Meteorology and kitesurfing in Vietnam
When visiting our country, Vietnam, if your intention is to practice or to learn kitesurfing, you should read our blog entry about meteorology and kitesurfing in Vietnam and how both are related.
In the this report we will try to give a brief idea of how Southern Vietnam
gets affected by the summer and winter Monsoon winds and how this in turn will affect meteorology and therefore, the wind and your kitesurfing chances in Vietnam.
Vietnam is located in the center of two areas of tropical monsoons. Due to it, the country has a meteorology of tropical monsoon climate which inverts depending on the year’s season.
Considering, though, in a lesser mesure, that atmospheric air circulation can be directly associated with thermal contrast in land–sea heating, especially in the coastal areas, and this, can enhance in occasions the wind force.
October in Vung Tau beach – a rain shower is arriving
The south of Vietnam is hot and humid throughout the year but the wet season is from May to October, while the dry season goes from November until the end of March.
THE MONSOONS AND ITS INFLUENCE
During winters, cold high pressure zones over Tibet clash with low pressures forming over Australia, causing the air mass circulation that gives place to the winter monsoon winds, heading direction NE towards SW and reaching Southern Vietnam on its path.
The dry season goes from November to the beginning of April. During this period, winds blow from the northeast direction along the China coast but at the same time pick up moisture from the sea.
That’s why even it’s called “dry season” it’s dry only by comparison with the summer season, therefore, in the moment in which winds doesn’t blow, the feeling of humidity can become clearly evident.
During the Southwest monsoon, which occurs from May to October, the meteorology and kitesurfing in Vietnam should get affected when the heated air of the Gobi Desert rises, far up towards the north, inducing humid air to flow inland from the sea which in turn, will give place to heavy rainfalls.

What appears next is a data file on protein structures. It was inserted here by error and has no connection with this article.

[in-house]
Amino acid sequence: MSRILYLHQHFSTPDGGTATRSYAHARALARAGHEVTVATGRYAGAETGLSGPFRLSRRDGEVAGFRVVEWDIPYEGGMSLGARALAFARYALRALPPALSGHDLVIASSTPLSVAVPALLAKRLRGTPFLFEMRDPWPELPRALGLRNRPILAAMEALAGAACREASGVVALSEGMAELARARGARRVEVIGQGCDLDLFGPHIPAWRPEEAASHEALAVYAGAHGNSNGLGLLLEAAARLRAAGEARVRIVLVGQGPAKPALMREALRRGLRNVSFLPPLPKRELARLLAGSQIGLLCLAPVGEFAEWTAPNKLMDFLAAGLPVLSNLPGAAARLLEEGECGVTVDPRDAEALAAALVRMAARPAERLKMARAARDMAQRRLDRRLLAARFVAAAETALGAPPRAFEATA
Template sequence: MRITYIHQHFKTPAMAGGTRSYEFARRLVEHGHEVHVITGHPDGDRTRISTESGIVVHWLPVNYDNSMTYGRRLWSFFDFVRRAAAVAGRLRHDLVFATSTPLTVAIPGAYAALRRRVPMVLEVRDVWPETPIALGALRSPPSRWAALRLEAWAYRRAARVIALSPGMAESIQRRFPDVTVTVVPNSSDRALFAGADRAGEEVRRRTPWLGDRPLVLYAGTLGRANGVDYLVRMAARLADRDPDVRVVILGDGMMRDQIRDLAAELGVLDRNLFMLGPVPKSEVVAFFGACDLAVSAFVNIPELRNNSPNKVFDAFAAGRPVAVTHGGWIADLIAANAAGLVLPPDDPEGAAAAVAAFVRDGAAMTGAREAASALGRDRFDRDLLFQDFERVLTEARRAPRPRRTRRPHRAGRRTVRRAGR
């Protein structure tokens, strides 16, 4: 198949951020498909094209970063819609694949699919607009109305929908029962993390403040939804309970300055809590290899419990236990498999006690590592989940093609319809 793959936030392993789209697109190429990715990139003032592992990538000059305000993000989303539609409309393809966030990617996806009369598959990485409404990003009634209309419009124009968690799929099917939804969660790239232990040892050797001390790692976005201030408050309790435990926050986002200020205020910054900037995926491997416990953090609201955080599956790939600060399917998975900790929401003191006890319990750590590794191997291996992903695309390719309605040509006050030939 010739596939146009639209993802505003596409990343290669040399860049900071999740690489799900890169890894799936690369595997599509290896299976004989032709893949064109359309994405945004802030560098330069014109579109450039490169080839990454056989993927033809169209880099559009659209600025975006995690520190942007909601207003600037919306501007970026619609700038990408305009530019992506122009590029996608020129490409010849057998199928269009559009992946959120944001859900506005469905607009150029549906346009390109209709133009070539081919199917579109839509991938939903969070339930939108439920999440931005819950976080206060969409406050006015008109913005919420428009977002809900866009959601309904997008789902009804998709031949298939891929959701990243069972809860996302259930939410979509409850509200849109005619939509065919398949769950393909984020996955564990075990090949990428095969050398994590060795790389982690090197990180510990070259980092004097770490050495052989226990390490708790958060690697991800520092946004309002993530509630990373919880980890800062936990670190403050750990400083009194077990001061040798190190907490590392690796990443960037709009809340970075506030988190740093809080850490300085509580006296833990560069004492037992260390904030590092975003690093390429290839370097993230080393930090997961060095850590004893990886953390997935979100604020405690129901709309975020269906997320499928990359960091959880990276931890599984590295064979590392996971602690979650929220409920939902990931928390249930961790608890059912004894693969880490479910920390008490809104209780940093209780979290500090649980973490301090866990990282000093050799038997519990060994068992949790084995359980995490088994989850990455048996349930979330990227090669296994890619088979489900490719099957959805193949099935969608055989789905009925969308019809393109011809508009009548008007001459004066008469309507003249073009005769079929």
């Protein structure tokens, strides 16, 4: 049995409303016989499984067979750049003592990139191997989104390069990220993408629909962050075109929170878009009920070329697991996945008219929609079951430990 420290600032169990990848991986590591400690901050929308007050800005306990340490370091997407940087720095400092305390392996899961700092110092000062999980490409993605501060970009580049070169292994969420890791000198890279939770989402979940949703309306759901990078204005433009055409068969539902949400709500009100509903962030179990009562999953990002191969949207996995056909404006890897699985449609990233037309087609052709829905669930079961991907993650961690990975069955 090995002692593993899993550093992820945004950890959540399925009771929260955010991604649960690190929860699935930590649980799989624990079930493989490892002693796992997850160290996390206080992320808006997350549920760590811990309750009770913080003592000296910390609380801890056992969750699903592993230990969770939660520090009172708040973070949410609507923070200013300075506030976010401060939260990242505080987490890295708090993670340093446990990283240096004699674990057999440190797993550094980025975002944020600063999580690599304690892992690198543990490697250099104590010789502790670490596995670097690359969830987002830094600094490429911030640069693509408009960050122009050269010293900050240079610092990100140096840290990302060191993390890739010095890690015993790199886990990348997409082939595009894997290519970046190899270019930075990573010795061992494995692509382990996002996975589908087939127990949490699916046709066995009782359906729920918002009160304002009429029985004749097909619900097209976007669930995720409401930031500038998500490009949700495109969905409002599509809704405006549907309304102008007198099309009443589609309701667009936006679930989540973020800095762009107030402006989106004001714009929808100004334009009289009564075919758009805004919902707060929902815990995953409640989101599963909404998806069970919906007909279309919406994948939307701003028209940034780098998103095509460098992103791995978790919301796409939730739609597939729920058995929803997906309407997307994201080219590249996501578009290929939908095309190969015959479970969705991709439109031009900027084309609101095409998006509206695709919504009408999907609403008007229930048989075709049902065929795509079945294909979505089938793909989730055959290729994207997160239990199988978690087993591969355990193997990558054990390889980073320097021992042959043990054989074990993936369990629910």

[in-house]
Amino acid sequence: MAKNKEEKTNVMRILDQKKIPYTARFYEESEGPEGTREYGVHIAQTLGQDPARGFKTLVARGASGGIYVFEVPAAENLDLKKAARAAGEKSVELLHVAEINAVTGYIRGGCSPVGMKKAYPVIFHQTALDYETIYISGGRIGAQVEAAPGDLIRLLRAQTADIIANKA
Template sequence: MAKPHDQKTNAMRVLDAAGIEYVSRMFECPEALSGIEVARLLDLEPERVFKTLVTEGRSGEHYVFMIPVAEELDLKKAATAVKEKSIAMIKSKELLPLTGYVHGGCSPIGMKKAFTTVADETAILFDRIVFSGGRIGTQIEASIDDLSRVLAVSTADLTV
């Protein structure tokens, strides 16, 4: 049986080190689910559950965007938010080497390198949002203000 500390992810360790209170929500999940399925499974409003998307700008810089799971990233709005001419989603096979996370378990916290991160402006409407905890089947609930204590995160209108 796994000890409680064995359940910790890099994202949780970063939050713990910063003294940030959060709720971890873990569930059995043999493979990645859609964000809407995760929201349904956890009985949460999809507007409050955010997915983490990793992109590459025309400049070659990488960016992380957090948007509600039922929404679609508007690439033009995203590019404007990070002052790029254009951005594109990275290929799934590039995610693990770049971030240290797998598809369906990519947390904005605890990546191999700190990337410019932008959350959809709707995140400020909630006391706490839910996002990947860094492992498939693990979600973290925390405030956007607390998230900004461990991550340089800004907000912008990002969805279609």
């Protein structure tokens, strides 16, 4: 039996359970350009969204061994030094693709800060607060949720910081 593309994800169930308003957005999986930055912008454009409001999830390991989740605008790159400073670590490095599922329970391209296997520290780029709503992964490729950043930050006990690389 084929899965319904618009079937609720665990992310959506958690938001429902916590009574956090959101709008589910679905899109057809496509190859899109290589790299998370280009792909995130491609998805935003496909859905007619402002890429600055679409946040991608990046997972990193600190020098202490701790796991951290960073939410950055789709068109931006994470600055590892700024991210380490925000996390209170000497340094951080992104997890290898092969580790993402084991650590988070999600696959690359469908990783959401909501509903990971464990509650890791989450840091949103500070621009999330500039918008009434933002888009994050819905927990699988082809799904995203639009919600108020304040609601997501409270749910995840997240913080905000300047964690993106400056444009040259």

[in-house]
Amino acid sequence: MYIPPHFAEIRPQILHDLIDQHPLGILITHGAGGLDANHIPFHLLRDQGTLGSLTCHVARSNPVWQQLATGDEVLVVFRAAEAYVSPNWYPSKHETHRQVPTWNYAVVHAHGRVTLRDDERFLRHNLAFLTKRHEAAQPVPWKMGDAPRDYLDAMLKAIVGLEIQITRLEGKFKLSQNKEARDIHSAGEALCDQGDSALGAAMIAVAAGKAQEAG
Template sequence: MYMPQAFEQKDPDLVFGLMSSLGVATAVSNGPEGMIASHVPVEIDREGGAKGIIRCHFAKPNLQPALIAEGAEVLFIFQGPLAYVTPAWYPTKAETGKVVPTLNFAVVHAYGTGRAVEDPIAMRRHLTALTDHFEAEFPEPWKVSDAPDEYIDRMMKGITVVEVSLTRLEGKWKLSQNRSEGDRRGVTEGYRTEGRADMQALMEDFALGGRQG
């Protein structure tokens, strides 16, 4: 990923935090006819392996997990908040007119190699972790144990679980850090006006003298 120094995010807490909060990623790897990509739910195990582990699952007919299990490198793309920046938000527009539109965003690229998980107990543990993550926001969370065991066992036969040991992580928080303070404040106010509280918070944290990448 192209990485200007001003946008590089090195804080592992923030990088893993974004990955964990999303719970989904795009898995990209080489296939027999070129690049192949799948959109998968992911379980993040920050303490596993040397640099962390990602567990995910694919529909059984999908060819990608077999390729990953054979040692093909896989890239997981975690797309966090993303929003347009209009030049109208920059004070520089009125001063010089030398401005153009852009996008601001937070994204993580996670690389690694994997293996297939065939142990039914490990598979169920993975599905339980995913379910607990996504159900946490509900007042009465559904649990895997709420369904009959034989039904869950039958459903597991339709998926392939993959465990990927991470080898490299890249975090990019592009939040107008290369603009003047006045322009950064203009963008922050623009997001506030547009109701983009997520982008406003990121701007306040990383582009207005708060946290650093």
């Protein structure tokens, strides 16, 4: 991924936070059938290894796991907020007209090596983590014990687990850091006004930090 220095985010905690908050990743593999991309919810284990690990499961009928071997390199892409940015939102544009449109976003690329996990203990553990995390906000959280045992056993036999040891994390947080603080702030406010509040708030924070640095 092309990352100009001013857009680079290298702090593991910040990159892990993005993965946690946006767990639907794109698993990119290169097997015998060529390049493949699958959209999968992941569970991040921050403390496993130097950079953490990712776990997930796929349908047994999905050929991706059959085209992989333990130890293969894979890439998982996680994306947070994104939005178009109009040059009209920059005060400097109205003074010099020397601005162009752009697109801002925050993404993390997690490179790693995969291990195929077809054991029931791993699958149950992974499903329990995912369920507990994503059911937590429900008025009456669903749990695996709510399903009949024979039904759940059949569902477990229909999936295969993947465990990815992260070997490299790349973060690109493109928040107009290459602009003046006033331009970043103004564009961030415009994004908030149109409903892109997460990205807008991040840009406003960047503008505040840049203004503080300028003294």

During summer, air masses from the Indian Ocean flowing over Vietnam, will release all the moisture which they have picked up from the ocean on their way. Rains then, tend to fall, generally more frequently as afternoon downpours.
The month of October marks usually the end of the rainy season and the beginning of the dry season, not excluding after a week of good wind, some days of south or southwest winds which will bring some occasional rain again
Between November and mid-February, temperatures get around 30 Celsius, but by from mid-February they may start to rise to 35 and even 40 Celsius
Vietnam is located in the path of typhoons , the tropical cyclones of the western Pacific, which may seldom affect the south of the country –Vung Tau city-only with a small margin of possibility from mid October to mid December, being during this period its higher possibility mostly during the first two weeks of November.
In January, and again from March to mid of May, occasionally, some tropical depressions can form, generally off central and southern Vietnam , which however almost never manage to reach the coast, but lose their effect over the ocean, though can be the cause of waves reaching the southern shores.
In fact, from November to end of March weather in South Vietnam is dry and sunny. If you decide to visit Vietnam in July and August, you should choose the south-central coast from Da Nang until Nha Trang, as during this period it is not too hot neither too humid and a small chance of typhoons.
Four main types of weather
in Southeast Vietnam
Weather in Southeast Vietnam is characteristic of the sub-equatorial climate. The average temperature in this region during summer can be higher than in other regions.
Southern Vietnam it is formed by low plateau surface and some hills. That’s why climate in this part of the country has typical characteristics of sub-equatorial climate, no high mountains which may affect the wind on its path.
However, natural disasters such as hurricanes very seldom occur in the Southern Vietnam area, being the chances in central and north of the country much higher. Let’s see now about the four possible winter weather scenarios.
First type.- of expectable weather can be mild and dry, lasting for several days , and taking place during the months of December and January, enjoying blue skies and cool air.